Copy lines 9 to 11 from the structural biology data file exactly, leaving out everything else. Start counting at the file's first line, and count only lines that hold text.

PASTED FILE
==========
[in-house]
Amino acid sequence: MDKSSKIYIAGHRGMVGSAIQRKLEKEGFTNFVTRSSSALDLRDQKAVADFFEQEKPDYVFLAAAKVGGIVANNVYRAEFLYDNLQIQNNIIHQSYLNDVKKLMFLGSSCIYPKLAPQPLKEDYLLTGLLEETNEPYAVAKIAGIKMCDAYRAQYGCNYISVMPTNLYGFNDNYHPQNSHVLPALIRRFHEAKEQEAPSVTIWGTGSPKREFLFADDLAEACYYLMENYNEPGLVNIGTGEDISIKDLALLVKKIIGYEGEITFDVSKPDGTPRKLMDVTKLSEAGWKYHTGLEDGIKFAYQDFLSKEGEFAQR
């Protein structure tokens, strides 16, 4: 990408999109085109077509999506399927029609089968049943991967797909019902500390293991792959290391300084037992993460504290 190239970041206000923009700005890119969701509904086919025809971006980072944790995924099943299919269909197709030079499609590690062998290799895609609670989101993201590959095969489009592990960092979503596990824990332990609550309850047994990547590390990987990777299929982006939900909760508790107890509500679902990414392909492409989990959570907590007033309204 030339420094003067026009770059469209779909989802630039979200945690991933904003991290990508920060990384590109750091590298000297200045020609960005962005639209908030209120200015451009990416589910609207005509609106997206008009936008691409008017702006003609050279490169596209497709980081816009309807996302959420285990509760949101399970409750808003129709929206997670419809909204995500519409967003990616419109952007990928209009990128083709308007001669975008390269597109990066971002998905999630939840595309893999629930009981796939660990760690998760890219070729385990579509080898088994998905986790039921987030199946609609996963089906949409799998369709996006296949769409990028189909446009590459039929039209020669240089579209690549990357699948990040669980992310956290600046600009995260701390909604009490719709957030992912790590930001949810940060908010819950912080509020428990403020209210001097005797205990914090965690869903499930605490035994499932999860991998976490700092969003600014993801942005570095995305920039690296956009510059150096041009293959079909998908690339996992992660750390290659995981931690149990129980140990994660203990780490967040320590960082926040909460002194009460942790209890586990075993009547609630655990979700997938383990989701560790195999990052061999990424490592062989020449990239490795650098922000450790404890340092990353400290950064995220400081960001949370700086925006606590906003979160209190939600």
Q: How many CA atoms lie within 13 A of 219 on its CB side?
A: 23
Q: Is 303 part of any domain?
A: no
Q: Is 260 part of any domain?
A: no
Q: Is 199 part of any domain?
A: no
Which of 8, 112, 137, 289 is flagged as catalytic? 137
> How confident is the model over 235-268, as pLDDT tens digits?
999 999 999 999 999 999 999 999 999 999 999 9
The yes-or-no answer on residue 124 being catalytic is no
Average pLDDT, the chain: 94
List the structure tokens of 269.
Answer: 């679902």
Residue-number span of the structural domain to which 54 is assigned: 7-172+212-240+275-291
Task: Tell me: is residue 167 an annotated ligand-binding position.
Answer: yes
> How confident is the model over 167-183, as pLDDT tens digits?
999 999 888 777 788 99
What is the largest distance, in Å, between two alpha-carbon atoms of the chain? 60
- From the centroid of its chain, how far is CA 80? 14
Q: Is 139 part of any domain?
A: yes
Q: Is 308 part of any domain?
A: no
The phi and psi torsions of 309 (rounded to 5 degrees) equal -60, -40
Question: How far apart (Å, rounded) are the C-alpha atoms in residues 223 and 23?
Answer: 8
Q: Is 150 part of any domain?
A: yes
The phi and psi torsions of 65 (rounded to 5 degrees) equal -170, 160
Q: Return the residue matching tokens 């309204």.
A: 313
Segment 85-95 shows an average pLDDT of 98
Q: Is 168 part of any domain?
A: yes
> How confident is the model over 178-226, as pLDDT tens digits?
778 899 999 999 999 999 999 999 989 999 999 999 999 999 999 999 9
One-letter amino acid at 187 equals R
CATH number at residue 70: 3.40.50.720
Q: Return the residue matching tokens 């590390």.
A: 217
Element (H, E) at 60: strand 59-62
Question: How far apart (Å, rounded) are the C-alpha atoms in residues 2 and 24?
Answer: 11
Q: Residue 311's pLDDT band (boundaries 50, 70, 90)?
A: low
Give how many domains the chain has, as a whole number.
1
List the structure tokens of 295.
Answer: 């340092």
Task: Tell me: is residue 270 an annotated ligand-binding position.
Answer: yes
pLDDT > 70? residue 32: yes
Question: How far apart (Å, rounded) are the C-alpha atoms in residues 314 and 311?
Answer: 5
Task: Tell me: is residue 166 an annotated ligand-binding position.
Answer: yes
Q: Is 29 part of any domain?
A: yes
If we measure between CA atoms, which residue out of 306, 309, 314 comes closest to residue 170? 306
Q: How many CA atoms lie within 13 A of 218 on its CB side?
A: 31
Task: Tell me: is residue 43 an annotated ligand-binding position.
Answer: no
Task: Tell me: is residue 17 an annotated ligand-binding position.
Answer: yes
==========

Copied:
A: no
Q: Is 199 part of any domain?
A: no